34 From July 1976 net overseas migration was calculated as permanent and long-term arrivals less permanent and long-term departures, plus an adjustment for the effect of category jumping. This adjustment was necessary because net permanent and long-term migration figures were affected by changes in travel intentions from short-term to permanent/long-term or vice versa. For further details see Demographic Estimates and Projections: Concepts, Sources and Methods (cat.no. 3228.0).


35 Estimates of category jumping were introduced in 1977. Due to deficiencies identified in the measurement of category jumping, estimates for the September quarter 1997 to the June quarter 2001 were set to zero. Following a review, a new measure of category jumping (referred to more simply as the 'migration adjustment') was introduced from the September quarter 2001. For further information see the Technical Note in Australian Demographic Statistics, September Quarter 2005 (cat. no. 3101.0) and ABS Demography Working Paper 2003/5 - Net Overseas Migration: Adjusting for Actual Duration of Stay or Absence.


36 Prior to 1959, overseas arrivals and departures were classified as either permanent or temporary. Revised questions for travellers were introduced in 1958 which enabled arrivals and departures previously classified as permanent to be sub-divided (as from 1 January 1959) into two categories, permanent movement and long-term movement.


War time

37 During World War I, troops leaving Australia were regarded as emigrants, while those returning were regarded as immigrants. This largely explains the record loss in 1916, and the second highest migration gain (after 1988) in 1919. In contrast, during World War II, troop movements between September 1939 and June 1947 were excluded from calculations of migration.


Interstate migration

38 Australia has never had a comprehensive register of interstate movers and therefore estimates of migration across the states and territories have been based on other data sources, such as numbers of air, rail, sea and bus passengers travelling interstate, child endowment recipients, electoral rolls, and family allowance data.


39 From 1986, data on interstate migration have been derived from information on interstate change of address advised by Medicare benefit recipients to Medicare Australia in the process of administering Medicare. The ABS adjusts Medicare Australia data to make allowance for the number of persons who do not inform Medicare of their change of residence. Further details are available in Demographic Estimates and Projections: Concepts, Sources and Methods (cat.no. 3228.0).


Intercensal discrepancy

40 Prior to July 1971, intercensal discrepancies were incorporated into the overseas and interstate migration components of population change. For the period July 1971 to June 1976 no intercensal discrepancy exists due to the method used to produce resident population estimates. From July 1976 intercensal discrepancy is recorded as a separate component of population change.


Country of birth

41 Country of birth classifications used by the ABS and preceding statistical agencies have changed over time. Tables presented in Australian Historical Population Statistics display the country of birth classifications in existence at the time of production of the data.



MARRIAGES

42 Marriage statistics refer to marriages registered by the Registrar of Births, Deaths and Marriages of each state/territory during the years shown. There is usually an interval between the celebration and the registration of a marriage. As a result of the delay in registration, some marriages celebrated in one year are not registered until the following year.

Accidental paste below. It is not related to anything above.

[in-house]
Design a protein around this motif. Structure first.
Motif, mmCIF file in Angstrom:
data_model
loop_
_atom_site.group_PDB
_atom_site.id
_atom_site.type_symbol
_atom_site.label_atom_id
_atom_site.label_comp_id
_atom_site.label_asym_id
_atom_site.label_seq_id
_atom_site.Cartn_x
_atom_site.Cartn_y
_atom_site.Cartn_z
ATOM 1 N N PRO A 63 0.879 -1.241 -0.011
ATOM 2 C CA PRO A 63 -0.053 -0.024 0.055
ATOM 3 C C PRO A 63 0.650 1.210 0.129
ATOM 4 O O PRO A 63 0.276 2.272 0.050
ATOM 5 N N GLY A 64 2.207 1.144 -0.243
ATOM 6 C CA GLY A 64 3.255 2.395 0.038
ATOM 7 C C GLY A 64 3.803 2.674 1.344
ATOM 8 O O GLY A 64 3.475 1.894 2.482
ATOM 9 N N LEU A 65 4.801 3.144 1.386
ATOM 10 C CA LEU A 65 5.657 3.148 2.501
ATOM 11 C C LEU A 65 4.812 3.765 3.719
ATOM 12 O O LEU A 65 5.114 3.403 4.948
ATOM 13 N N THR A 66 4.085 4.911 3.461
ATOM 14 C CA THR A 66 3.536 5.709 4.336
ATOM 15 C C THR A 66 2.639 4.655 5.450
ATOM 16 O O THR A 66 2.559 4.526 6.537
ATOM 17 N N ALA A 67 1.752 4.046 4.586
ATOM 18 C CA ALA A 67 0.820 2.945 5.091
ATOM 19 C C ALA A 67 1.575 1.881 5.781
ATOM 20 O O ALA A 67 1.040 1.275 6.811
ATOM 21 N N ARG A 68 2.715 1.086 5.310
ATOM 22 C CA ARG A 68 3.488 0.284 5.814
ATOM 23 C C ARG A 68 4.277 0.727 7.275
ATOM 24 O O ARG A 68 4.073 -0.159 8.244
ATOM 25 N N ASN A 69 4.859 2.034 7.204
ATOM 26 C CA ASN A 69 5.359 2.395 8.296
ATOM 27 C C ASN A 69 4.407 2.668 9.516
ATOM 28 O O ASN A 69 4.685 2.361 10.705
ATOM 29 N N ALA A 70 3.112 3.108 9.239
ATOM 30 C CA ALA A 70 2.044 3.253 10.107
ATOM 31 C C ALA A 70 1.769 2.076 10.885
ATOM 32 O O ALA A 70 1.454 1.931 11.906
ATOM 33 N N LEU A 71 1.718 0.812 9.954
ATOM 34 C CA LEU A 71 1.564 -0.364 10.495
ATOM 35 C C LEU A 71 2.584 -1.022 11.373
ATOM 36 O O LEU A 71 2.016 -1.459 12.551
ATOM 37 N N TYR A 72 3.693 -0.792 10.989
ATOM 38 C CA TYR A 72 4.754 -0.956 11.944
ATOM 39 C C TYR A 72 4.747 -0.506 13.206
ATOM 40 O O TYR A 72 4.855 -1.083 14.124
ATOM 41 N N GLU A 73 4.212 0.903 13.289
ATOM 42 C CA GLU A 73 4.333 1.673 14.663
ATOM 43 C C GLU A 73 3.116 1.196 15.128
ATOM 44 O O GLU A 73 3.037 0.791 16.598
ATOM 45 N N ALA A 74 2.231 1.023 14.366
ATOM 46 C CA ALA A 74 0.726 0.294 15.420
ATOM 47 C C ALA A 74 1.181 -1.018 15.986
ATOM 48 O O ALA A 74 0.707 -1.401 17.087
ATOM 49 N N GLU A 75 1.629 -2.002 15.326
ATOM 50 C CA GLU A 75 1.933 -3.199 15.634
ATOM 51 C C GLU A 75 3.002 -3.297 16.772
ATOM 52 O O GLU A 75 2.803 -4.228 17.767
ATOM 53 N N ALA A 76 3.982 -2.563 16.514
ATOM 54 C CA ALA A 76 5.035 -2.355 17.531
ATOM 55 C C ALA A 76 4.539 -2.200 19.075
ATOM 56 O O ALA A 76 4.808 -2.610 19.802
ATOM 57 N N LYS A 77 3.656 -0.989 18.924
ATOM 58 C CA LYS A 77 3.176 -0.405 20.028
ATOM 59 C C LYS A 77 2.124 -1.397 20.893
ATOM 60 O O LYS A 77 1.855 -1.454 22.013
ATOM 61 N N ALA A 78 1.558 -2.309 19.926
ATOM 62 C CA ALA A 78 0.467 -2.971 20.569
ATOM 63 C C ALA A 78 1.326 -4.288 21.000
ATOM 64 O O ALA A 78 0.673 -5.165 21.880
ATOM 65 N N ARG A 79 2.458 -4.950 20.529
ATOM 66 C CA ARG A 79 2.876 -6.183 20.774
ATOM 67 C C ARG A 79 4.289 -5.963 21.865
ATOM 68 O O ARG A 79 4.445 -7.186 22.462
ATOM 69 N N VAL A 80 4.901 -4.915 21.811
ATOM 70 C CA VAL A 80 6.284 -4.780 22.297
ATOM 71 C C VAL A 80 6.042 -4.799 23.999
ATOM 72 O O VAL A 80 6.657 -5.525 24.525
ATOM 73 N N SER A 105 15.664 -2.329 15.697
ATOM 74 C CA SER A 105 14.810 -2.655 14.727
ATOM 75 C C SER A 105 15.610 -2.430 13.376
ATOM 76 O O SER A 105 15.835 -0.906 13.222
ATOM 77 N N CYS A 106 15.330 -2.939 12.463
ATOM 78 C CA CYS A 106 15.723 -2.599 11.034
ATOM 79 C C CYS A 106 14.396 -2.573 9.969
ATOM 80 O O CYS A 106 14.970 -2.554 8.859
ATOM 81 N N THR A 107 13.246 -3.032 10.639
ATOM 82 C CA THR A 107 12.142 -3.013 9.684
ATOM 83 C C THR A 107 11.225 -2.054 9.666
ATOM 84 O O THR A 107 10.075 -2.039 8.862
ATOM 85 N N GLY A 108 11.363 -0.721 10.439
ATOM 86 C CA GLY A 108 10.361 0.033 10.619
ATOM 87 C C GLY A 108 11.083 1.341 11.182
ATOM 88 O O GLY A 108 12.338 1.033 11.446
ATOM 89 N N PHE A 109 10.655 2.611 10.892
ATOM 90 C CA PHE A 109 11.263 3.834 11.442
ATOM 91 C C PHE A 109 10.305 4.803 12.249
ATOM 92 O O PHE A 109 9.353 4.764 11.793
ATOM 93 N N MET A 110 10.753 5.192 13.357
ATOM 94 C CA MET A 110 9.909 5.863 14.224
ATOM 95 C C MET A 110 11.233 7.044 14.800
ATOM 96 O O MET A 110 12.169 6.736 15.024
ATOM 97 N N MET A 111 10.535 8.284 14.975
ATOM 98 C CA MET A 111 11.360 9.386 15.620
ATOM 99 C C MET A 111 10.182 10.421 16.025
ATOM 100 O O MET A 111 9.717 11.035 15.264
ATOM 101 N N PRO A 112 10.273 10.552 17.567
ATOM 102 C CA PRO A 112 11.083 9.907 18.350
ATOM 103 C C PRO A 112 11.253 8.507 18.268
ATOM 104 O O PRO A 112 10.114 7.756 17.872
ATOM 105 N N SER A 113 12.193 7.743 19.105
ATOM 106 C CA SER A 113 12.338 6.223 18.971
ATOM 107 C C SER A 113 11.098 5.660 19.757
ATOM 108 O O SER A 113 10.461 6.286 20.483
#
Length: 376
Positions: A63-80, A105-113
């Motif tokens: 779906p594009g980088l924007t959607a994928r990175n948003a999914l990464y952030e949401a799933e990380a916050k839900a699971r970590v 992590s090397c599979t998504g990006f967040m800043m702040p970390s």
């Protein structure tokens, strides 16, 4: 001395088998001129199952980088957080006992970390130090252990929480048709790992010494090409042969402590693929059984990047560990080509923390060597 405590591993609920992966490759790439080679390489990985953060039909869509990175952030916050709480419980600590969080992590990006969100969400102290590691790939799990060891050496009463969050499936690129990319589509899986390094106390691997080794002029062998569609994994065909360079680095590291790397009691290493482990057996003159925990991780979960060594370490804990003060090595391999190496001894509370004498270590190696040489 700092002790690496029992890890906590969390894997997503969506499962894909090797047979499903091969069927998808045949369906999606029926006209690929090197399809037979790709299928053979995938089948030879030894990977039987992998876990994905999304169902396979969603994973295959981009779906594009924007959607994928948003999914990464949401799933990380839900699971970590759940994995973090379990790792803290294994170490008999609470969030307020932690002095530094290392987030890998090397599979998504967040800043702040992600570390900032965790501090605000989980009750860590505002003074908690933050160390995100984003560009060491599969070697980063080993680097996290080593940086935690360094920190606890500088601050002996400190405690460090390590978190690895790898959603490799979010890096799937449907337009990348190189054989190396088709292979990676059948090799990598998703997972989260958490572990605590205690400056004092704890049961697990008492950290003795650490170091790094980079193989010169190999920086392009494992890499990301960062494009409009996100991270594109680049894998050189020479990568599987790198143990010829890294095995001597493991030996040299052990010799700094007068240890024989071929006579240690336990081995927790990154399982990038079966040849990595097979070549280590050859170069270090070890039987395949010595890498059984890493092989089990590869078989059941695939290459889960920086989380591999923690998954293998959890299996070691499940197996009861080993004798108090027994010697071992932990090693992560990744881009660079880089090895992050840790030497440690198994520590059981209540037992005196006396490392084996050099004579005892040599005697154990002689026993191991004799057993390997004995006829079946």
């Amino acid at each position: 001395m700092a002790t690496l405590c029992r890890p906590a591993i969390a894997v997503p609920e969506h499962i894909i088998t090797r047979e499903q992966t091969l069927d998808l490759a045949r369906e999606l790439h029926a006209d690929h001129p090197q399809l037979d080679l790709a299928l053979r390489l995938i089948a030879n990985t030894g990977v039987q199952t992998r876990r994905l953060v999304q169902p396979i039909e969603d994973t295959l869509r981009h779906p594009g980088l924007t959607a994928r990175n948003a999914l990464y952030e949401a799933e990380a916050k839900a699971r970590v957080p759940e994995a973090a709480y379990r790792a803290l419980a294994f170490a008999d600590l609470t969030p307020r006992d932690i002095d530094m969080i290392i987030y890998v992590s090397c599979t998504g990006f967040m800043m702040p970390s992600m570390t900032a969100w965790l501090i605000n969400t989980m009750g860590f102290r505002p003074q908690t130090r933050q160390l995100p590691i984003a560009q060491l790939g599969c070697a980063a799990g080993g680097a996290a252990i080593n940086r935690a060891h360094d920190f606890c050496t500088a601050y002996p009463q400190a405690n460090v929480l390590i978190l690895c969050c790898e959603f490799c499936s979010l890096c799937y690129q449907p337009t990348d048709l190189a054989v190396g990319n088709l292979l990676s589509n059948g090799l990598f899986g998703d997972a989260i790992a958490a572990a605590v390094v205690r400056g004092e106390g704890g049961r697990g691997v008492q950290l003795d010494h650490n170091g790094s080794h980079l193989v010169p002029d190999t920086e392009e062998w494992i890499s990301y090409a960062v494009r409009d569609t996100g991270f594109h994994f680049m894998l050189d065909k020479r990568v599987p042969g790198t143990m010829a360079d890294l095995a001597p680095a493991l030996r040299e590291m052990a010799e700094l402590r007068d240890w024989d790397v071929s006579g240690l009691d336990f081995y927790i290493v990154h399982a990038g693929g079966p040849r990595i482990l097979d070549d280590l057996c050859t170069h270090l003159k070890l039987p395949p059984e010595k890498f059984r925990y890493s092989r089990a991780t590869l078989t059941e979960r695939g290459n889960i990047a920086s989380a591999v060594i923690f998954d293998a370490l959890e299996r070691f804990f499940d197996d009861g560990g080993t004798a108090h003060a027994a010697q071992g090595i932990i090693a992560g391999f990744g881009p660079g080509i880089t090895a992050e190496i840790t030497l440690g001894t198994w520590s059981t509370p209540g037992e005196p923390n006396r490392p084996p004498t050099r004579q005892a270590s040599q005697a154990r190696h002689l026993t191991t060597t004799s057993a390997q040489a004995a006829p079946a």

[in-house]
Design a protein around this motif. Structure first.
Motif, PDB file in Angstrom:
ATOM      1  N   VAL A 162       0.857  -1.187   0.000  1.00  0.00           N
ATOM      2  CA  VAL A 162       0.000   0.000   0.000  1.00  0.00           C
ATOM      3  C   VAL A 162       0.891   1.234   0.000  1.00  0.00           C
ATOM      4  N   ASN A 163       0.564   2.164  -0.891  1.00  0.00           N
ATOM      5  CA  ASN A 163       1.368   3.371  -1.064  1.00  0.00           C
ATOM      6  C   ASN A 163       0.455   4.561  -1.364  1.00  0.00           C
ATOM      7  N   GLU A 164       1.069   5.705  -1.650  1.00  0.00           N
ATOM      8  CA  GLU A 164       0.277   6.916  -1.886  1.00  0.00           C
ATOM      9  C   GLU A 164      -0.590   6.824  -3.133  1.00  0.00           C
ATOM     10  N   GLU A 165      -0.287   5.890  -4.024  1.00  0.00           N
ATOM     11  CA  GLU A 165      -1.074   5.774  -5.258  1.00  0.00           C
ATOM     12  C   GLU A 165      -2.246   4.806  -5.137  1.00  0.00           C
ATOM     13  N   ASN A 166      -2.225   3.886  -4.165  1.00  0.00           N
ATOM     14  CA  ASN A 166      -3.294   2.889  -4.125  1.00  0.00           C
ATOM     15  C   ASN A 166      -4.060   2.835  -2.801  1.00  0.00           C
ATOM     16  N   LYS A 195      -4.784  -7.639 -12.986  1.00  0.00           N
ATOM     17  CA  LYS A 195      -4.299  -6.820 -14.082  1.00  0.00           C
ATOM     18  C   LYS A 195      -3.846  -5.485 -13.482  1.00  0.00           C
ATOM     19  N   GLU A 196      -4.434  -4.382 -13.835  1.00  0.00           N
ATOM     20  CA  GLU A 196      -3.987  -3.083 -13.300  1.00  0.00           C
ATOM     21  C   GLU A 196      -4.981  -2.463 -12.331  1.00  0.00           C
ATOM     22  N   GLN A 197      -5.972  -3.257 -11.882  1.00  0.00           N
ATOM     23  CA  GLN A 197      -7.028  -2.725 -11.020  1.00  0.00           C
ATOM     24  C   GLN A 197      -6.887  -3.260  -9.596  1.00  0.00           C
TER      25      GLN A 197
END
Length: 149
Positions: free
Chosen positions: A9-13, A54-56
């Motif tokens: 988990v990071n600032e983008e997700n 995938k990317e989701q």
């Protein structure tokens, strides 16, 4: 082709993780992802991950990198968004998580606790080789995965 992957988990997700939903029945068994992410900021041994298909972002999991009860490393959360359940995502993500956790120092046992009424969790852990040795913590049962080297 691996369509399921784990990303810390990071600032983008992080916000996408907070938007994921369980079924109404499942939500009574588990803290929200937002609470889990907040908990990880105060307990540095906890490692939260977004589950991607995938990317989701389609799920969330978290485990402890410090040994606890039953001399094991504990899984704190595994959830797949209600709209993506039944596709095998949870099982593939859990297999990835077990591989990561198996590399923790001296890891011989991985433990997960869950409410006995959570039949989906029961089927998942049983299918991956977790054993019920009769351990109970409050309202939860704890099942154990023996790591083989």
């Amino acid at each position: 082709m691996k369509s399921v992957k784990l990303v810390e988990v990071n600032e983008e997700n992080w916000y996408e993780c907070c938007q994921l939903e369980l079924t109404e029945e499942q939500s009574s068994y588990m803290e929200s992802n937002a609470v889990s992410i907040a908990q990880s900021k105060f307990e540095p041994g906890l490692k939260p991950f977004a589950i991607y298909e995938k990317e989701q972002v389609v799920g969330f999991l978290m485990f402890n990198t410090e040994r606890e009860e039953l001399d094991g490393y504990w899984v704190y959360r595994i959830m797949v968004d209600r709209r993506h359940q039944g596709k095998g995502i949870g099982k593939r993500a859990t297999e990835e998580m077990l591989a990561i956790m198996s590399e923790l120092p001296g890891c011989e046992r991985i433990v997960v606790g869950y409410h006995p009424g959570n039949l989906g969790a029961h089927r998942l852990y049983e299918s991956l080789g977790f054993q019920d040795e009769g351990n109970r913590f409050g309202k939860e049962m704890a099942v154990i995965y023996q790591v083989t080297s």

43 Under the Marriage Act 1961, marriages may be celebrated by a minister of religion registered as an authorised celebrant, by a district registrar or by other persons authorised by the Attorney-General. The celebrant must be given notice of the intended marriage of at least one month but within six months before the marriage. A celebrant must transmit an official certificate of the marriage for registration to a District Registrar in the state or territory in which the marriage took place.


44 In 1973, the minimum age at which a person may marry without parental consent was reduced from 21 to 18 years, although women were legally free to marry from 16 years with parental consent. Further amendment to the Marriage Act in 1991 designated the minimum age at which both sexes are legally free to marry to be 18 years. Persons between the ages of 16 and 18 years may marry with parental or guardian consent and an order from a judge or magistrate. Any two persons under the age of 18 years may not marry each other.



DIVORCES

45 Divorce data are compiled by the ABS from information supplied by the Family Court in respect of each application which resulted in the granting of a decree absolute. The Family Law Act 1975 came into operation throughout Australia on 5 January 1976, repealing the Matrimonial Causes legislation which had been operative since 1961. Under Family Law legislation the irretrievable breakdown of marriage is the only ground on which a divorce is granted. This ground is established by the husband and wife having lived apart for 12 months or more and there being no reasonable likelihood of reconciliation. Applications for nullity of marriage under Family Law legislation must be on the ground that the marriage is void because of failure to meet a legal requirement such as that neither party be already lawfully married to another person. There is no provision for judicial separation under Family Law legislation.